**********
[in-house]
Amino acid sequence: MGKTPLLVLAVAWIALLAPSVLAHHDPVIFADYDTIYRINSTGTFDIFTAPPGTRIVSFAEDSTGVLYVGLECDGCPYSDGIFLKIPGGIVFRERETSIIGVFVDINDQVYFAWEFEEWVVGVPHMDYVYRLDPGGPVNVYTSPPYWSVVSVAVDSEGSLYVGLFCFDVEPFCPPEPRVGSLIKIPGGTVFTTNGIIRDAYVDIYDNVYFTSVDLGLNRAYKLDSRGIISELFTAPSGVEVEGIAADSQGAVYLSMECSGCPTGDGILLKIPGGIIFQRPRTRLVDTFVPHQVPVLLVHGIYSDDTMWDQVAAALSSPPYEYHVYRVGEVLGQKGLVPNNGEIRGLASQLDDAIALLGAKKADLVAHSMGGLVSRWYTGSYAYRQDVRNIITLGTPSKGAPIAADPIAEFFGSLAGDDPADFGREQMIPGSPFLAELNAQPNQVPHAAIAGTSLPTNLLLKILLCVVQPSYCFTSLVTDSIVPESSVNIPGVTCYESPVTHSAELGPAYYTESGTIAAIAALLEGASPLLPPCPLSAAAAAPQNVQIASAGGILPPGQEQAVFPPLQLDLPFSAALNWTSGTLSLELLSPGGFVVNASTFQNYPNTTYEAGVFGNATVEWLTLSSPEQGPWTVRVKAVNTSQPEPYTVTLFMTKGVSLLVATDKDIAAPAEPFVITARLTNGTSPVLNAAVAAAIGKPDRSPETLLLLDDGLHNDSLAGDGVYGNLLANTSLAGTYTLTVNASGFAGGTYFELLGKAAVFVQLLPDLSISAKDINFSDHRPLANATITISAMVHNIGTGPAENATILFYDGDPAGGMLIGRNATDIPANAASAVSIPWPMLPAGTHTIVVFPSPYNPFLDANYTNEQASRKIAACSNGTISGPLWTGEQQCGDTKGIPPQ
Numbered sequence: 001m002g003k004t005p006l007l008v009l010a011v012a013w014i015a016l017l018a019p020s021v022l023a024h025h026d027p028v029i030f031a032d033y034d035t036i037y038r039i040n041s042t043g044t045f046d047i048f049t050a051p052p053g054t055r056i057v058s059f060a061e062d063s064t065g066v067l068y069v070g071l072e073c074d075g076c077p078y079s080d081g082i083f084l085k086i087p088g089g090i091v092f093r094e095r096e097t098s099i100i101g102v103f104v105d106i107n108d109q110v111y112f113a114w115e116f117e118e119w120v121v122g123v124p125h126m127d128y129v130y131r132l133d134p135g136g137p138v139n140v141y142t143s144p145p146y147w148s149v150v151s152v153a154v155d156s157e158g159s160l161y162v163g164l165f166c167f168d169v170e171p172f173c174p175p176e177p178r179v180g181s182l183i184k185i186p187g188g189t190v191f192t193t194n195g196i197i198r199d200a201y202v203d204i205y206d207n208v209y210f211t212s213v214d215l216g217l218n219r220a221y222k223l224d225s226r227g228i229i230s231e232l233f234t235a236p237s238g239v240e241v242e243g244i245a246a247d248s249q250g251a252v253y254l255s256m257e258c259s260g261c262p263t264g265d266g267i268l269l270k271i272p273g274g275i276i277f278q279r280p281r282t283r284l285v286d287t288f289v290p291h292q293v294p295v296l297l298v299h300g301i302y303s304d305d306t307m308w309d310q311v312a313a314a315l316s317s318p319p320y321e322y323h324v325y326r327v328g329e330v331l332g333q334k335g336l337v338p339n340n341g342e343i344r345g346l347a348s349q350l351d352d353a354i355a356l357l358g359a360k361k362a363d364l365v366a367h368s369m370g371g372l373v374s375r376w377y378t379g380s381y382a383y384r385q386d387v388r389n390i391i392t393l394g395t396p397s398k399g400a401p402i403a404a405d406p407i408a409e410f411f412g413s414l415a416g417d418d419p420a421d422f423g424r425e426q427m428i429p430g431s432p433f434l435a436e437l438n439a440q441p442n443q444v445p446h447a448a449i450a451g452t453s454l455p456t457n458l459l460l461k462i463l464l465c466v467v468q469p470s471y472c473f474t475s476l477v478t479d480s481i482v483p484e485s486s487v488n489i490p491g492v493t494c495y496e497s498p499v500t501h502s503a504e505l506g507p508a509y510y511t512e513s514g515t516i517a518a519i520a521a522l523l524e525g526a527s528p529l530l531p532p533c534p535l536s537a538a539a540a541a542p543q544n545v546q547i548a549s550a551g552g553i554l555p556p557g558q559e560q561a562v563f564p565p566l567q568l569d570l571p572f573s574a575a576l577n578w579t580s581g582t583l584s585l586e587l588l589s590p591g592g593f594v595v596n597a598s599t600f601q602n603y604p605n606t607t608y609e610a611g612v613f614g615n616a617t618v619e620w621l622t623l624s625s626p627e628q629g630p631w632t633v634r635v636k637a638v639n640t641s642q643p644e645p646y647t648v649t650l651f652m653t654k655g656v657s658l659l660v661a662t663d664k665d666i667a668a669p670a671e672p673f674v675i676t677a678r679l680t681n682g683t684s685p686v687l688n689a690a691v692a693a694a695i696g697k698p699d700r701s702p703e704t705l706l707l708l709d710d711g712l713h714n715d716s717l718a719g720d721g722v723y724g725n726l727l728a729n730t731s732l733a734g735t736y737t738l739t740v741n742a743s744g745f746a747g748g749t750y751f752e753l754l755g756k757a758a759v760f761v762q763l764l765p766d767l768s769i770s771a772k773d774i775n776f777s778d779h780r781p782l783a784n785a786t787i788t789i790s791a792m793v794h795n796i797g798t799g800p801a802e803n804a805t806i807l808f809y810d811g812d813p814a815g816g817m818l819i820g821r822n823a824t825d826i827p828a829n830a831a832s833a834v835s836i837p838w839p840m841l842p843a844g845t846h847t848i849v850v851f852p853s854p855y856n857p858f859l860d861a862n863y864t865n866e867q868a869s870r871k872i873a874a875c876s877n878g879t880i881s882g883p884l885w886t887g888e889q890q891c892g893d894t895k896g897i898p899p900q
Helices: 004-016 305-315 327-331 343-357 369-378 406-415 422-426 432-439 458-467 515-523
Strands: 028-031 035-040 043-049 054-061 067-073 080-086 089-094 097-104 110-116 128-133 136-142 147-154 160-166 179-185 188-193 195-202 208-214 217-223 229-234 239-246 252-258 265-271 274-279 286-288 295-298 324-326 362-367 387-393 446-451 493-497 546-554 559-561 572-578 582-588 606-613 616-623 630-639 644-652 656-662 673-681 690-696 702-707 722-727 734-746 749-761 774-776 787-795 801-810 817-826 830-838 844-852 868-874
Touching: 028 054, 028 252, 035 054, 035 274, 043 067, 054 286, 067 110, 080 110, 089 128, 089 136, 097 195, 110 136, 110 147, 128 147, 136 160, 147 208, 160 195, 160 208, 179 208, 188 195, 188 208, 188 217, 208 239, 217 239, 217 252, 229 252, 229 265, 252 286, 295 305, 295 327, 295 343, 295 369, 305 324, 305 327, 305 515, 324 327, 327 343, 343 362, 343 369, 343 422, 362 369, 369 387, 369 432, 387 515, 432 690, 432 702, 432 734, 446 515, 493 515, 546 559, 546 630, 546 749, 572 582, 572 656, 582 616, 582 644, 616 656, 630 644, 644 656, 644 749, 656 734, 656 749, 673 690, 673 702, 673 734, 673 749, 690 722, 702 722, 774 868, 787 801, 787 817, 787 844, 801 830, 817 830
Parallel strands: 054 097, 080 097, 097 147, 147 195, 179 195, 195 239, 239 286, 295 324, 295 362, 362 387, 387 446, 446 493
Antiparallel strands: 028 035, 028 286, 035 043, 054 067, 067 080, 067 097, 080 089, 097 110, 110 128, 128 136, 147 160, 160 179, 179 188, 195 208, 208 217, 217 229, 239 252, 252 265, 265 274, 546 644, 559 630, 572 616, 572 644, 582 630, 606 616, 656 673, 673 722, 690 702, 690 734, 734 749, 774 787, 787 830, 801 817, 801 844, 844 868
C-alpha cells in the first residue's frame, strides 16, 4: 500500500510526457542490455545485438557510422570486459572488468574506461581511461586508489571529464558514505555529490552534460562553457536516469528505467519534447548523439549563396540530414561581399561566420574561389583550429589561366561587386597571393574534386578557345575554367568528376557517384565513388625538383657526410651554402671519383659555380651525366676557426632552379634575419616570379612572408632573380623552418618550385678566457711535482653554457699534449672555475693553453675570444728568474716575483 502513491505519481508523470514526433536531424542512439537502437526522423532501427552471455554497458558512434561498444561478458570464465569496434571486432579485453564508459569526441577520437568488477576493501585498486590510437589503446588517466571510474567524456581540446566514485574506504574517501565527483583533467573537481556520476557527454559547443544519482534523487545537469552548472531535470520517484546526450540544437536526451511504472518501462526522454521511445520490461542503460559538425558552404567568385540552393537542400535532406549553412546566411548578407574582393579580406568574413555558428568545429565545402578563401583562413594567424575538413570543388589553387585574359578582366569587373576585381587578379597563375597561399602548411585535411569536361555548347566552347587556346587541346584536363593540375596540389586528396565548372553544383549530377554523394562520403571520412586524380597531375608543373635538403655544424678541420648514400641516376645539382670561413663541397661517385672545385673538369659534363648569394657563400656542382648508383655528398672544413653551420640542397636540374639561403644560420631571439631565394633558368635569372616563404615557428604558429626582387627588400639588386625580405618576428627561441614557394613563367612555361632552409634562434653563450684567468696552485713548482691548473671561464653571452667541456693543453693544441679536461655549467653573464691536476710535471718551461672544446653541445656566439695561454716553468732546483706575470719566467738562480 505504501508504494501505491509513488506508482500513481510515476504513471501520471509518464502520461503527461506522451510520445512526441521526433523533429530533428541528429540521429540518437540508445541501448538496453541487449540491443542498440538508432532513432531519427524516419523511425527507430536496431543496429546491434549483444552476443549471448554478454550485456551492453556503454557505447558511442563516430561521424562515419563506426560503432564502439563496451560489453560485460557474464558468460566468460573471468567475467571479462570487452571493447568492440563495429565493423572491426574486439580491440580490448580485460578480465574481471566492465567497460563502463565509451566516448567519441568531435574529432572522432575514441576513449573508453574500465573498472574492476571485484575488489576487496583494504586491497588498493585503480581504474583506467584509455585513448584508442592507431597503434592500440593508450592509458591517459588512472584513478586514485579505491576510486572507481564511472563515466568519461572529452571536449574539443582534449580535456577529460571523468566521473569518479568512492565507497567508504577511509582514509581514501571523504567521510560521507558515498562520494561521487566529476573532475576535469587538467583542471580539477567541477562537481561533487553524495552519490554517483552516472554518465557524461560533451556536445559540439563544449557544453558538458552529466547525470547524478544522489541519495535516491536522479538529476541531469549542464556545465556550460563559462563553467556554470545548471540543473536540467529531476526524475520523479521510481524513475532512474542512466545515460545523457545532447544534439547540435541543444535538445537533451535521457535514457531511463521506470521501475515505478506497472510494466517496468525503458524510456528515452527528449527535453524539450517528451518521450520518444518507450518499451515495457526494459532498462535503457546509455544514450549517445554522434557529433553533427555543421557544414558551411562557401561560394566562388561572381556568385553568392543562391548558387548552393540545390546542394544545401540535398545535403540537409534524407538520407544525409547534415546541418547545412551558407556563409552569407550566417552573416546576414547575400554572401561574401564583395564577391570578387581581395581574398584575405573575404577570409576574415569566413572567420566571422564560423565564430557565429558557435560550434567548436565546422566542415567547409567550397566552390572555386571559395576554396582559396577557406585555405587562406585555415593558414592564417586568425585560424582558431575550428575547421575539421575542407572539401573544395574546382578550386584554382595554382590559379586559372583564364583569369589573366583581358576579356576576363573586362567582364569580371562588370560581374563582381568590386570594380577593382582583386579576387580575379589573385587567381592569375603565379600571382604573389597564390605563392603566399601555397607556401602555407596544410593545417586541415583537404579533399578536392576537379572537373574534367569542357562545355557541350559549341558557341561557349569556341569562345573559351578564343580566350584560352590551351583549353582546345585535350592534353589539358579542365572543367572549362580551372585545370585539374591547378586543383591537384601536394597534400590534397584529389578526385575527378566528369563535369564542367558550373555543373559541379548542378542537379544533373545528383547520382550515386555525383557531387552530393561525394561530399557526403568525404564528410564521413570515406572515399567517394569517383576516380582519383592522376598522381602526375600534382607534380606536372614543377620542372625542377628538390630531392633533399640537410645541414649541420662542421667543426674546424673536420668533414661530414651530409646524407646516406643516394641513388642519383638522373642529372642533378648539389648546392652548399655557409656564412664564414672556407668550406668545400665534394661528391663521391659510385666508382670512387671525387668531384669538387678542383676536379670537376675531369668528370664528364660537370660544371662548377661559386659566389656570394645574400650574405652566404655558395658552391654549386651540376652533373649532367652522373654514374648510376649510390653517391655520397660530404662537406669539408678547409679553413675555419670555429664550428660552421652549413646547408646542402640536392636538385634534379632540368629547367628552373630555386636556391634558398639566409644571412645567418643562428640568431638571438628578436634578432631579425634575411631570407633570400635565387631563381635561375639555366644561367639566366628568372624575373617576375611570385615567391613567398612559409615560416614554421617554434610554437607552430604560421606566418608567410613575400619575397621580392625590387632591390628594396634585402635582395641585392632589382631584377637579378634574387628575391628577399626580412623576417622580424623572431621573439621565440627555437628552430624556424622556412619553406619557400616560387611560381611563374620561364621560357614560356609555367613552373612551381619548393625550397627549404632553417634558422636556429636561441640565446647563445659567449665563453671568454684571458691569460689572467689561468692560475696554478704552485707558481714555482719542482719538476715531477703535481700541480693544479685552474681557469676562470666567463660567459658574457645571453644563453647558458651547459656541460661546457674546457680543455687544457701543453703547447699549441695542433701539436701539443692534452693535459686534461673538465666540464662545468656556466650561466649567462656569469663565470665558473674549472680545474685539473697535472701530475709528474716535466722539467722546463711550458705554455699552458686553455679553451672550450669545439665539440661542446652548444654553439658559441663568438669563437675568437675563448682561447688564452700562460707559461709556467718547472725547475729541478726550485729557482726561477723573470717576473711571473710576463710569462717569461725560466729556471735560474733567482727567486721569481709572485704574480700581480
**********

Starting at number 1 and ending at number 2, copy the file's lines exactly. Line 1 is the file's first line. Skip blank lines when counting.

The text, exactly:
[in-house]
Amino acid sequence: MGKTPLLVLAVAWIALLAPSVLAHHDPVIFADYDTIYRINSTGTFDIFTAPPGTRIVSFAEDSTGVLYVGLECDGCPYSDGIFLKIPGGIVFRERETSIIGVFVDINDQVYFAWEFEEWVVGVPHMDYVYRLDPGGPVNVYTSPPYWSVVSVAVDSEGSLYVGLFCFDVEPFCPPEPRVGSLIKIPGGTVFTTNGIIRDAYVDIYDNVYFTSVDLGLNRAYKLDSRGIISELFTAPSGVEVEGIAADSQGAVYLSMECSGCPTGDGILLKIPGGIIFQRPRTRLVDTFVPHQVPVLLVHGIYSDDTMWDQVAAALSSPPYEYHVYRVGEVLGQKGLVPNNGEIRGLASQLDDAIALLGAKKADLVAHSMGGLVSRWYTGSYAYRQDVRNIITLGTPSKGAPIAADPIAEFFGSLAGDDPADFGREQMIPGSPFLAELNAQPNQVPHAAIAGTSLPTNLLLKILLCVVQPSYCFTSLVTDSIVPESSVNIPGVTCYESPVTHSAELGPAYYTESGTIAAIAALLEGASPLLPPCPLSAAAAAPQNVQIASAGGILPPGQEQAVFPPLQLDLPFSAALNWTSGTLSLELLSPGGFVVNASTFQNYPNTTYEAGVFGNATVEWLTLSSPEQGPWTVRVKAVNTSQPEPYTVTLFMTKGVSLLVATDKDIAAPAEPFVITARLTNGTSPVLNAAVAAAIGKPDRSPETLLLLDDGLHNDSLAGDGVYGNLLANTSLAGTYTLTVNASGFAGGTYFELLGKAAVFVQLLPDLSISAKDINFSDHRPLANATITISAMVHNIGTGPAENATILFYDGDPAGGMLIGRNATDIPANAASAVSIPWPMLPAGTHTIVVFPSPYNPFLDANYTNEQASRKIAACSNGTISGPLWTGEQQCGDTKGIPPQ